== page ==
What Kind of Jew Are You?
When I was a hospital chaplain, a patient once asked me, “what kind of Jew are you?” I responded, “hopefully one who is compassionate, kind, and caring.” He responded, “no, no, no that isn’t what I meant…Reform, Orthodox, or what?” He needed to understand my religious values and thought that affiliation would give him the information that he was seeking. But, the truth is that even though I am a JTS ordained “Conservative” rabbi I have never really had an answer to this question. In my family we have a deliberate and thoughtful Shabbat practice, which is informed by halacha (Jewish law), family values, and spirituality but is not solely dictated by Jewish law. We observe kashrut (Jewish dietary laws), but eat out vegetarian in restaurants and have meat-heckshered and dairy non-heckshered dishes in our home. I work at the J, belong to a Conservative synagogue, and send my kids to Reform day school and religious school. I often feel there is no single space for me in organized Jewish life. At the same time, I believe we are forging a path that will keep our family Jewishly connected and fulfilled for the long-term. Then it dawned on me...
The following blog post gives the view and opinions of its author, Rabbi Jill Levy, and does not represent an official opinion or position of the Evelyn Rubenstein JCC of Houston, nor does it necessarily reflect the opinion and views of any member, employee or board member of the Evelyn Rubenstein JCC of Houston. The purpose of this blog, and specifically this post, is to present how Jewish texts can enlighten contemporary issues. We do not expect that everyone will draw the same conclusions. As Rabbi Ishmael teaches in the Talmud, “A Biblical verse is like a hammer that breaks a rock in pieces... just as the rock is split into many splinters, so also may one biblical verse convey many teachings.” (BT Sanhedrin 34a). We hope you’ll share your thoughts and opinions with others in the comments section below.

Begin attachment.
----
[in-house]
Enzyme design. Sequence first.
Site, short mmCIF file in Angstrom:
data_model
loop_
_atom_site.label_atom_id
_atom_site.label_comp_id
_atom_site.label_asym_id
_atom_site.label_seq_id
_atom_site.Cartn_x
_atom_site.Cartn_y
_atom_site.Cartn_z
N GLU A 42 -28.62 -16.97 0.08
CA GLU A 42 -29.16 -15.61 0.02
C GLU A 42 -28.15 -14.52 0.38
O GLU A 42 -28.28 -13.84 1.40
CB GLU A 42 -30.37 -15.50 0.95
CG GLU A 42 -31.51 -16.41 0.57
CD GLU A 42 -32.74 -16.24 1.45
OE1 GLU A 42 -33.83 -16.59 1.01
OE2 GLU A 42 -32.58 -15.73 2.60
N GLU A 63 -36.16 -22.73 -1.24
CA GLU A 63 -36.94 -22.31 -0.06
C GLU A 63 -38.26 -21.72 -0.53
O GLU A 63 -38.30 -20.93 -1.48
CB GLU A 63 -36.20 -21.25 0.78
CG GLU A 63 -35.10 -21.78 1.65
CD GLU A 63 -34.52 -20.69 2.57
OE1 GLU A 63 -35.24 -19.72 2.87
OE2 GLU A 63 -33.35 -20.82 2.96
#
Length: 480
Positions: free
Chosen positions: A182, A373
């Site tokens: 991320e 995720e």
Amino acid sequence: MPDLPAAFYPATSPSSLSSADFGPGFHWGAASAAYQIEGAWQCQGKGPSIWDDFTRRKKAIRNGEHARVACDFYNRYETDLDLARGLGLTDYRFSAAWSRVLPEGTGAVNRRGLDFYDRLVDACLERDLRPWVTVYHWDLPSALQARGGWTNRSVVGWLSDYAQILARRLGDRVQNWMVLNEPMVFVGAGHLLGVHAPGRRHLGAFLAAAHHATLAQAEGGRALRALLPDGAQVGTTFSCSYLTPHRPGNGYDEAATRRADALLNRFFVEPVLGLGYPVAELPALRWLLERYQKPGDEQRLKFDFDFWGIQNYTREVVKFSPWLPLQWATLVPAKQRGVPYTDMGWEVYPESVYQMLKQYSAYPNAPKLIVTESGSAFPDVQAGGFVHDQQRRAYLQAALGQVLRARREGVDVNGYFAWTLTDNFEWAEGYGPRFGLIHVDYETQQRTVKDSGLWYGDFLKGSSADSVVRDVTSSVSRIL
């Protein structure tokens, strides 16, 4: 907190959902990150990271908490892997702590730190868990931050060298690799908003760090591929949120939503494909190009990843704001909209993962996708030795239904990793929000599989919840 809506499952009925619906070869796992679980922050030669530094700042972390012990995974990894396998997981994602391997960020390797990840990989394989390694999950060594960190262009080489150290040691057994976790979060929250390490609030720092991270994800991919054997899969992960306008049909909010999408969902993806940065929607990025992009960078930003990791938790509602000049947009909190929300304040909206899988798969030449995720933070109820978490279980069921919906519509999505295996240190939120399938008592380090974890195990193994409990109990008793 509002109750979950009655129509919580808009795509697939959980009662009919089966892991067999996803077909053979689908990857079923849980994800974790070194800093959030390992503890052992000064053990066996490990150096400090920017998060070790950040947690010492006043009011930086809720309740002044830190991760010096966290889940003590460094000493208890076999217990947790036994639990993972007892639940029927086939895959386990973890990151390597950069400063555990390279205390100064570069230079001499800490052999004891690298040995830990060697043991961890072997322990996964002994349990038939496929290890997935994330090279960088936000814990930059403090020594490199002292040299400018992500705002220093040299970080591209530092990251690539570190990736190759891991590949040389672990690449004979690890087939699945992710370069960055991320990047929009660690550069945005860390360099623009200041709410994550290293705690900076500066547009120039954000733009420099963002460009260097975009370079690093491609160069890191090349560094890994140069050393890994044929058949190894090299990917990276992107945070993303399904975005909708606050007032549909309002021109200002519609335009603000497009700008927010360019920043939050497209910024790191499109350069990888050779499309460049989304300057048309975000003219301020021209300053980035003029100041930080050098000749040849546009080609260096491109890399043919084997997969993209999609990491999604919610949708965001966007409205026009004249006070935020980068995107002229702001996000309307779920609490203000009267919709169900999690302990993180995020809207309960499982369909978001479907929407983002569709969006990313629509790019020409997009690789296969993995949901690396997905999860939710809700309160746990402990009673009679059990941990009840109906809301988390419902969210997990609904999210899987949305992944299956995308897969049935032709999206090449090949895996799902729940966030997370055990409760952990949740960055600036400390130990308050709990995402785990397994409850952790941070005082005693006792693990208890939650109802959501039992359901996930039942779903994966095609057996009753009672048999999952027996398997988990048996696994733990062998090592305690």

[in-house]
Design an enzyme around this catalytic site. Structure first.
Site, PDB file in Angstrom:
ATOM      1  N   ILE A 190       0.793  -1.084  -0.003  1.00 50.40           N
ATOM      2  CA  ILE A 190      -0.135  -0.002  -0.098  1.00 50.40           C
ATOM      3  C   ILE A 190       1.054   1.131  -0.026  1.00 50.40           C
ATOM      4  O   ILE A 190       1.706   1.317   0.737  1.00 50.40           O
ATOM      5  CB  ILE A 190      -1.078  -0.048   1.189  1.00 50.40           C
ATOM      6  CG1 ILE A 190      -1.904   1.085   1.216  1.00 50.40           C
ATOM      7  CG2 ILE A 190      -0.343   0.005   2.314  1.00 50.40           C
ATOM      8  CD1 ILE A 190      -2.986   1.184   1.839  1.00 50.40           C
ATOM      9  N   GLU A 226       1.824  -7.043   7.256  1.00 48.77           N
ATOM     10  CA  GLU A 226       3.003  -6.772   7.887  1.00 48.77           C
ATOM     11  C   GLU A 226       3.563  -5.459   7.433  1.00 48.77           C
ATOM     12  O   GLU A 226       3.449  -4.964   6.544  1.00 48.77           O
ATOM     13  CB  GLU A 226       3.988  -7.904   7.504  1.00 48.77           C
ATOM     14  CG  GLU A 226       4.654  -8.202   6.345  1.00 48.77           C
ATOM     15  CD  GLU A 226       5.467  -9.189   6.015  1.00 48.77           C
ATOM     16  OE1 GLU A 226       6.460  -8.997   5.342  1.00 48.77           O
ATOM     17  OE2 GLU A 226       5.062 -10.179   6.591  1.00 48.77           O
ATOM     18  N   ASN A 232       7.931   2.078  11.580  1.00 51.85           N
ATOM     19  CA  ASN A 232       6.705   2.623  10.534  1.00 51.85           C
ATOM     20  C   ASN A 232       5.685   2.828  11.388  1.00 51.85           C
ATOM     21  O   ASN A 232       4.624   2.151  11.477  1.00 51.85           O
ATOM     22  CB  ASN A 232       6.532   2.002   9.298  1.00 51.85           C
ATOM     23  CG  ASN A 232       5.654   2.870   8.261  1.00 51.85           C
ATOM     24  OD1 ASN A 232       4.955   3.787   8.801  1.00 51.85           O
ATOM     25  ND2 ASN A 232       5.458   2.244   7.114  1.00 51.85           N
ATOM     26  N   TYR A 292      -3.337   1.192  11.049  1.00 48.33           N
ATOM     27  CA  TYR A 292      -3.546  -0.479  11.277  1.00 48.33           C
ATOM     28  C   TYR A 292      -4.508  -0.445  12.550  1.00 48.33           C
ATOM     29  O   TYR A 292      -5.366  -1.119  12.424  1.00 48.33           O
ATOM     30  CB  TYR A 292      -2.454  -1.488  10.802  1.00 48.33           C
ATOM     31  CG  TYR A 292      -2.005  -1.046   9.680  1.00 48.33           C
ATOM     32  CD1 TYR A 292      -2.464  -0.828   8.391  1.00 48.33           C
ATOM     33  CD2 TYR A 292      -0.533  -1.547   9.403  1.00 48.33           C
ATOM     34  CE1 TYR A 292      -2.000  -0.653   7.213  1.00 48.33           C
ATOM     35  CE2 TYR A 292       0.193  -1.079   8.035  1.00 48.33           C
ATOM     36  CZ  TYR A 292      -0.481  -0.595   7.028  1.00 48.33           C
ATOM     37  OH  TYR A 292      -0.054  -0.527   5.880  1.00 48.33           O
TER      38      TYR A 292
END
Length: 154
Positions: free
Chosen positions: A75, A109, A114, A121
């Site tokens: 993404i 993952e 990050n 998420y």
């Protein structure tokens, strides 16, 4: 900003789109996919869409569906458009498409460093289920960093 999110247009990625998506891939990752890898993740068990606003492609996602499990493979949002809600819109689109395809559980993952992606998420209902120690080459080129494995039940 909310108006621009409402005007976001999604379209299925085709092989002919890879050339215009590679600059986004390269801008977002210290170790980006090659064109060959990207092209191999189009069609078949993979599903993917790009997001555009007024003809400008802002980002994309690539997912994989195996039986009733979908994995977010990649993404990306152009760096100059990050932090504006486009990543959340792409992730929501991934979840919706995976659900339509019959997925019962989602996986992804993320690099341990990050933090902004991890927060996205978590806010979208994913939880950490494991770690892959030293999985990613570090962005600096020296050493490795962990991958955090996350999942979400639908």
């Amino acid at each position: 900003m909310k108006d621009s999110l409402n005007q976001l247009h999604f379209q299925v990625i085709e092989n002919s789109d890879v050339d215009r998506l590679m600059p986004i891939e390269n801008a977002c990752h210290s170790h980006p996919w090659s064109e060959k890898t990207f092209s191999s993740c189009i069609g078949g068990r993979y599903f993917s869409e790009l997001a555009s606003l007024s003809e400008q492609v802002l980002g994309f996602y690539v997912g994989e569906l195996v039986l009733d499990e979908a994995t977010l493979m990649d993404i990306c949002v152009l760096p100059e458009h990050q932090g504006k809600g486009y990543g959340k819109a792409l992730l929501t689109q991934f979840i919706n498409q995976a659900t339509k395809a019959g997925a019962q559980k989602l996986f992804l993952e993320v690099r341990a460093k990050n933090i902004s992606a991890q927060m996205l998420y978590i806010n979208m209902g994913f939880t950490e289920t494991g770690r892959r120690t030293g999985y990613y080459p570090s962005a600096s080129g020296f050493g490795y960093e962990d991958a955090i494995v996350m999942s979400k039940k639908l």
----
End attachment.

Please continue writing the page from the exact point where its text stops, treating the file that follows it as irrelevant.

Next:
Anyone who causes one life to be lost from Israel, it is as if they have destroyed the entire world. Anyone who saves one life from Israel, it is as if they have preserved an entire world. – Babylonian Talmud Sanhedrin 37a.
If gun ownership can save even one life then shouldn’t we support this practice? So far, in 2015, there have been 687 defensive gun uses. After all, the Talmud teaches that everyone has the right to self-defense. It states, “If someone comes to kill you, act first and kill him.” (Brachot 62b)
At the same time, there have also been 1071 accidental shootings, 1840 children ages 0-17 killed/injured, 7439 deaths and 14,781 injuries this year. Ratios typically range around one justifiable shooting for every 32 murders, suicides or accidental deaths annually. You can read about victim stories here from the bradycampaign.org.
As Jews, we have a tradition that cares deeply about the importance of human life, and as Americans we have a public safety issue that we cannot ignore. The United States currently leads the world in firearm ownership and firearm-related deaths, averaging 88 guns per 100 people and 82 deaths each day due to gun violence, including eight children under the age of 18.